UNC faculty study mill history


By Corey Davis
Staff Writer

Saturday, December 3, 2016

A group of University of North Carolina-Chapel Hill faculty members are working with Capitol Broadcasting Co. to preserve and showcase the history of Rocky Mount Mills.

Launched in July, the Community Histories Workshop is designed to develop community projects in North Carolina and use the resources and connections at UNC-Chapel Hill to help facilitate those community histories initiatives, said Bobby Allen, founding member and co-faculty lead of Community Histories Workshop. 

Allen, a professor in the American Studies Department at UNC-Chapel Hill, said with Mills officials having a desire to incorporate more history as part of the Mills experience, the company gave a $30,000 grant to the Community Histories Workshop in August to support the organization’s exploration of the ways community-based memories and stories, multi-media archival materials, architectural space and the internet can be connected in new and meaningful ways to showcase the history of the Mills.

“We’re working with Capitol Broadcasting, and we’re conducting oral history interviews with former workers at the Rocky Mount Mills and building an online interface so that they can be preserved and shared,” Allen said. “We’re also going through the voluminous archival collections reflecting the history of the mill and of the Battle family, which formerly owned the mill. We very much hope that this is the first phase of a long-term project that will expand into other ways that history can become a part of the experience for a new generation of people working, living and playing in the mill community.”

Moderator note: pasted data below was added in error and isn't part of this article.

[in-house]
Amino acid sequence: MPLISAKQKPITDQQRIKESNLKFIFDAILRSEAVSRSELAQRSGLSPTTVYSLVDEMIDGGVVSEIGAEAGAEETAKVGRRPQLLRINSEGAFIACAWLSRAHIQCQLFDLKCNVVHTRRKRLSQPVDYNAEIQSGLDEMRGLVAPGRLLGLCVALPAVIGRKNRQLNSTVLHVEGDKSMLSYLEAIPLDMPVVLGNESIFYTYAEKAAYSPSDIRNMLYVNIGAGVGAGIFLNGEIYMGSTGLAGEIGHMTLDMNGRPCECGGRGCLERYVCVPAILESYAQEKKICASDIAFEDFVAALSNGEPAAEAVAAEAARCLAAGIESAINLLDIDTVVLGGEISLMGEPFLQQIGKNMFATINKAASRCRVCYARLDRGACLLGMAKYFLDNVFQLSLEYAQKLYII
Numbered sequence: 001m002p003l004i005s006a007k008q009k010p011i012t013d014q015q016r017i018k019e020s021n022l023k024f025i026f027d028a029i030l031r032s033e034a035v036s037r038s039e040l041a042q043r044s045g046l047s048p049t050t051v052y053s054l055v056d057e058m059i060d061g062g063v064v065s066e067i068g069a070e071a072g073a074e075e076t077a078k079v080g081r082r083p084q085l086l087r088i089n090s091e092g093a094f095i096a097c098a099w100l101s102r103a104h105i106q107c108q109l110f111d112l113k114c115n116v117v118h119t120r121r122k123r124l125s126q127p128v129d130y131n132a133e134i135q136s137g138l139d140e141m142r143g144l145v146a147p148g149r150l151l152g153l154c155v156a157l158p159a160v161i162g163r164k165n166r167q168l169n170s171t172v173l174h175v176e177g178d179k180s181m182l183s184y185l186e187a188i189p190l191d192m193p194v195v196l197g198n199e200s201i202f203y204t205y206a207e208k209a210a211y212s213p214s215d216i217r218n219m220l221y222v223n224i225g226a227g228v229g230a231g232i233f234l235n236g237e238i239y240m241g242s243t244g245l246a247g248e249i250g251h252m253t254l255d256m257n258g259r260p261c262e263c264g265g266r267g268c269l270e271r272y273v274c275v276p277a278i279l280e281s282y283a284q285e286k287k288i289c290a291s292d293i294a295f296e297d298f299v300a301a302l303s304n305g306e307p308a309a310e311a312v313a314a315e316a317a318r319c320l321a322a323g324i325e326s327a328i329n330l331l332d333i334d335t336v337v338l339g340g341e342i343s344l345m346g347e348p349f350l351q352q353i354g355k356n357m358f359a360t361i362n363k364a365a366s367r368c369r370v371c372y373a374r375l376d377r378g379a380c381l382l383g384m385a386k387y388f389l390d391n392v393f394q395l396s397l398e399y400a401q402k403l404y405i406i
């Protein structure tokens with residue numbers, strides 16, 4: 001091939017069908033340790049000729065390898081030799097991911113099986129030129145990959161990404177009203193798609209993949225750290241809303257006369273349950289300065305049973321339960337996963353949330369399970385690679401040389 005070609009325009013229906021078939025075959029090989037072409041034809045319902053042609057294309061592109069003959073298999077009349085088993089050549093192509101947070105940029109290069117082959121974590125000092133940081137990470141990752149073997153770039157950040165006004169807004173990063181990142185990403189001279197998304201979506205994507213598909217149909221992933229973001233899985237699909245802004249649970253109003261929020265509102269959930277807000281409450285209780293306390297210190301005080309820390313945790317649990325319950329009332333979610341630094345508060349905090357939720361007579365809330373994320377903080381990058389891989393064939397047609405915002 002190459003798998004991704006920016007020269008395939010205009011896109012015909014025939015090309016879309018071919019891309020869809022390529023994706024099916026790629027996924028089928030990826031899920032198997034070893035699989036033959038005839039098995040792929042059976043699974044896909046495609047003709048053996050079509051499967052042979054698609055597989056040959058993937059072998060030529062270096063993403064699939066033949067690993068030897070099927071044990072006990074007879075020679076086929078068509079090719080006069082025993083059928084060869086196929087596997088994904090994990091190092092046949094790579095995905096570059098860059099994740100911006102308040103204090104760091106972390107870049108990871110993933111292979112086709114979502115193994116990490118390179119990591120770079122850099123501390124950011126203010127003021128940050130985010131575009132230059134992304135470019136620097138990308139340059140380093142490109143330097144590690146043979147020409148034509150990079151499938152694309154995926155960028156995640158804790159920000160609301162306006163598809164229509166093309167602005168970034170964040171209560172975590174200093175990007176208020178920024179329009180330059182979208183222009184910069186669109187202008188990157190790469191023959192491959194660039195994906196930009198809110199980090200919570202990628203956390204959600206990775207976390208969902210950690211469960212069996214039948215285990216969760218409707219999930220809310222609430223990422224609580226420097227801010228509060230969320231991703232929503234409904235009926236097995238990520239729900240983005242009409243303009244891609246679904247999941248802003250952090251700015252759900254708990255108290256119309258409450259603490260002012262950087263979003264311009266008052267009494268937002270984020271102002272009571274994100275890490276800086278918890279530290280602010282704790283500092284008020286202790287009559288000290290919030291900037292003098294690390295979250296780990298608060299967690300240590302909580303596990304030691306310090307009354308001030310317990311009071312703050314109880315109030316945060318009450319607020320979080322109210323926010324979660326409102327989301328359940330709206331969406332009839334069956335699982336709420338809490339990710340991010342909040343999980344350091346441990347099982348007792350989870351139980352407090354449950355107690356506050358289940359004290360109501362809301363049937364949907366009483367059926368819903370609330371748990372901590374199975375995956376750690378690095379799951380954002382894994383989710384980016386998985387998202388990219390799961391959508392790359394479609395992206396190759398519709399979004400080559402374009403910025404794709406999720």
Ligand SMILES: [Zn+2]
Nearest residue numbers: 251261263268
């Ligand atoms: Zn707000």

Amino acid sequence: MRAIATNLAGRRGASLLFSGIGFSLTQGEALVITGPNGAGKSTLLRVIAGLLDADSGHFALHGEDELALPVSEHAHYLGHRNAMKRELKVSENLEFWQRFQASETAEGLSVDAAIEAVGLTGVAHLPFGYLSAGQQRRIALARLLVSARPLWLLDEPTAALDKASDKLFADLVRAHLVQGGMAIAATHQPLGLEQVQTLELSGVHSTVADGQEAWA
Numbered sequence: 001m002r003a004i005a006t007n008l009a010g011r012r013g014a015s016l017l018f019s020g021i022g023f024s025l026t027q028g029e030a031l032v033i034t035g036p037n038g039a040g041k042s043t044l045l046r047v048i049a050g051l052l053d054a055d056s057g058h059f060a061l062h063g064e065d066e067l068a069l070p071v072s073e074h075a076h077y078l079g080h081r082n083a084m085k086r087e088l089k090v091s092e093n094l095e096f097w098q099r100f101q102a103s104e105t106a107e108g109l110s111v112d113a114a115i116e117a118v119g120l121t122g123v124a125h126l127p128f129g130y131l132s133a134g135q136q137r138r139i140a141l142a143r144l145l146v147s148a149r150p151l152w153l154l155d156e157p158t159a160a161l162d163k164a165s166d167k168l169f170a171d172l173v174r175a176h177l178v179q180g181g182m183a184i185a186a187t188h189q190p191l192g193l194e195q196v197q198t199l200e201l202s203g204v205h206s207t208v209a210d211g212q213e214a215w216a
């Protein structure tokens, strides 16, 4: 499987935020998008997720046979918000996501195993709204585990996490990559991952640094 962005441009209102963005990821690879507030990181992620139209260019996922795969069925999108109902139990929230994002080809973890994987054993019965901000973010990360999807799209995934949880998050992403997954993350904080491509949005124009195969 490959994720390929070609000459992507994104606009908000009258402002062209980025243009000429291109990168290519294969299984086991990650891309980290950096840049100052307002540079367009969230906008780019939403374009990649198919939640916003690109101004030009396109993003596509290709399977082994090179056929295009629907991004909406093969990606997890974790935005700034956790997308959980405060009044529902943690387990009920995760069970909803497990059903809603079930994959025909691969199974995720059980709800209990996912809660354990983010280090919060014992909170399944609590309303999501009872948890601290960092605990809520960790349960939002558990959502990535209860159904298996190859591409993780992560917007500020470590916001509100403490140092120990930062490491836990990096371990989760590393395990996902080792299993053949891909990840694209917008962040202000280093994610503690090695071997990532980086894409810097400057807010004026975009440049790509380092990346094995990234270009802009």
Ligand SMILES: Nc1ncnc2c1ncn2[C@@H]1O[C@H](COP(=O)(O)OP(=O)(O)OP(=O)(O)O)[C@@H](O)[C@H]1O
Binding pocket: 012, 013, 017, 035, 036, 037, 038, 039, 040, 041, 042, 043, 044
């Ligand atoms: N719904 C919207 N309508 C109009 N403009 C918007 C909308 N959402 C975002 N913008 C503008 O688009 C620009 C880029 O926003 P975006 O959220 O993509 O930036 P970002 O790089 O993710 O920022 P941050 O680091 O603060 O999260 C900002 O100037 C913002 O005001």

Along with Capitol Broadcasting, Allen said, other core partners helping with the Community Histories Workshop include the Southern Historical Collection and North Carolina Collection.

The Southern Historical Collection, which is part of Wilson Library at UNC-Chapel HIll, holds the papers of the Rocky Mount Mills and more than 35,000 items reflecting the history of the mill, the mill village and physical site dating back to 1816 and continuing through the mill’s closure in 1996, Allen said.

MIlls added the North Carolina Collection holds 470,000 photographic archives from former longtime Rocky Mount Telegram photographer Charles Killebrew. 

“The history of Rocky Mount and the Rocky Mount Mills are also reflected in other North Carolina Collection holdings, including digitized newspapers, city directories, postcards, maps, high school yearbooks and church histories,” Allen said. “North Carolina Collection staff helped to facilitate the first conversations between the Community Histories Workshop and Capitol Broadcasting.”

The Braswell Memorial Libary also holds a variety of significant local history collections, Allen added.

“We’re eager to work with Traci Thompson, who is the local history librarian at Braswell and already began meeting and working with her to help train her volunteers to do oral history interviews as a way to extend our work in the community,” Allen said.

Allen said there have been preliminary talks with Capitol Broadcasting about a possible summer school field experience course for UNC-Chapel Hill students at the Rocky Mount Mills.

“The students could use the site as a laboratory to see what kind of historical work they’re able to do,” he said.

Allen and a group of his colleagues from UNC-Chapel Hill on Friday  toured the interior of the mill plant. Allen said it was one of the last tours before the mill plant becomes a construction site. Faculty members from UNC-Chapel Hill also toured the mill village and got an opportunity to examine both unrenovated and renovated properties before having a discussion at the Battle House.